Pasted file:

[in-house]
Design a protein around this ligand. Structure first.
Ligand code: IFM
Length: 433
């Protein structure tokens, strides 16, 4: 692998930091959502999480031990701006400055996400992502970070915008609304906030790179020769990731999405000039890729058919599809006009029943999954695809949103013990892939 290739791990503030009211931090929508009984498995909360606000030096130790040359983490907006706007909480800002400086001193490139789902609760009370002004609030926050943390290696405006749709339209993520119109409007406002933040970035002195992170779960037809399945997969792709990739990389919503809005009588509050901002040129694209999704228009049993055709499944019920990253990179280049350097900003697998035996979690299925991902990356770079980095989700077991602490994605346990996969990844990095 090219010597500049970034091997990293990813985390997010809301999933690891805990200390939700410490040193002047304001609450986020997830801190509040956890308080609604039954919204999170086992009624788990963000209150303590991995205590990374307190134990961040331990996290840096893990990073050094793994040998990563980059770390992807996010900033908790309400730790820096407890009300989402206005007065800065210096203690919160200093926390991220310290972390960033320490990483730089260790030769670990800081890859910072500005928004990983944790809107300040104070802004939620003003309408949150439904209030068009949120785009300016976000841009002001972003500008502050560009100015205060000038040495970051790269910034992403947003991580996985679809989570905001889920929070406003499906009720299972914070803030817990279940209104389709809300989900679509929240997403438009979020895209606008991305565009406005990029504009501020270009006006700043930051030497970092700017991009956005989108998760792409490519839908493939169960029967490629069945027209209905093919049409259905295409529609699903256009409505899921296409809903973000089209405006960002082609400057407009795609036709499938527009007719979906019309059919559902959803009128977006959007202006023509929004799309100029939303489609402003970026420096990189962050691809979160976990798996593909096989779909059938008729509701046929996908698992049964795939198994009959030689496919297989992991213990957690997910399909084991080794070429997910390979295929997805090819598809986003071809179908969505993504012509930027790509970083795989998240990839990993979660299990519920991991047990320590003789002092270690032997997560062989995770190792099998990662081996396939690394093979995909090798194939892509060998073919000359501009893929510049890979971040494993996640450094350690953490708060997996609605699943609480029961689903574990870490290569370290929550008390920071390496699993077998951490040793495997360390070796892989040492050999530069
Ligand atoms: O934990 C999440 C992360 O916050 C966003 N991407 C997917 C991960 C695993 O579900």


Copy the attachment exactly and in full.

[in-house]
Design a protein around this ligand. Structure first.
Ligand code: IFM
Length: 433
């Protein structure tokens, strides 16, 4: 692998930091959502999480031990701006400055996400992502970070915008609304906030790179020769990731999405000039890729058919599809006009029943999954695809949103013990892939 290739791990503030009211931090929508009984498995909360606000030096130790040359983490907006706007909480800002400086001193490139789902609760009370002004609030926050943390290696405006749709339209993520119109409007406002933040970035002195992170779960037809399945997969792709990739990389919503809005009588509050901002040129694209999704228009049993055709499944019920990253990179280049350097900003697998035996979690299925991902990356770079980095989700077991602490994605346990996969990844990095 090219010597500049970034091997990293990813985390997010809301999933690891805990200390939700410490040193002047304001609450986020997830801190509040956890308080609604039954919204999170086992009624788990963000209150303590991995205590990374307190134990961040331990996290840096893990990073050094793994040998990563980059770390992807996010900033908790309400730790820096407890009300989402206005007065800065210096203690919160200093926390991220310290972390960033320490990483730089260790030769670990800081890859910072500005928004990983944790809107300040104070802004939620003003309408949150439904209030068009949120785009300016976000841009002001972003500008502050560009100015205060000038040495970051790269910034992403947003991580996985679809989570905001889920929070406003499906009720299972914070803030817990279940209104389709809300989900679509929240997403438009979020895209606008991305565009406005990029504009501020270009006006700043930051030497970092700017991009956005989108998760792409490519839908493939169960029967490629069945027209209905093919049409259905295409529609699903256009409505899921296409809903973000089209405006960002082609400057407009795609036709499938527009007719979906019309059919559902959803009128977006959007202006023509929004799309100029939303489609402003970026420096990189962050691809979160976990798996593909096989779909059938008729509701046929996908698992049964795939198994009959030689496919297989992991213990957690997910399909084991080794070429997910390979295929997805090819598809986003071809179908969505993504012509930027790509970083795989998240990839990993979660299990519920991991047990320590003789002092270690032997997560062989995770190792099998990662081996396939690394093979995909090798194939892509060998073919000359501009893929510049890979971040494993996640450094350690953490708060997996609605699943609480029961689903574990870490290569370290929550008390920071390496699993077998951490040793495997360390070796892989040492050999530069
Ligand atoms: O934990 C999440 C992360 O916050 C966003 N991407 C997917 C991960 C695993 O579900």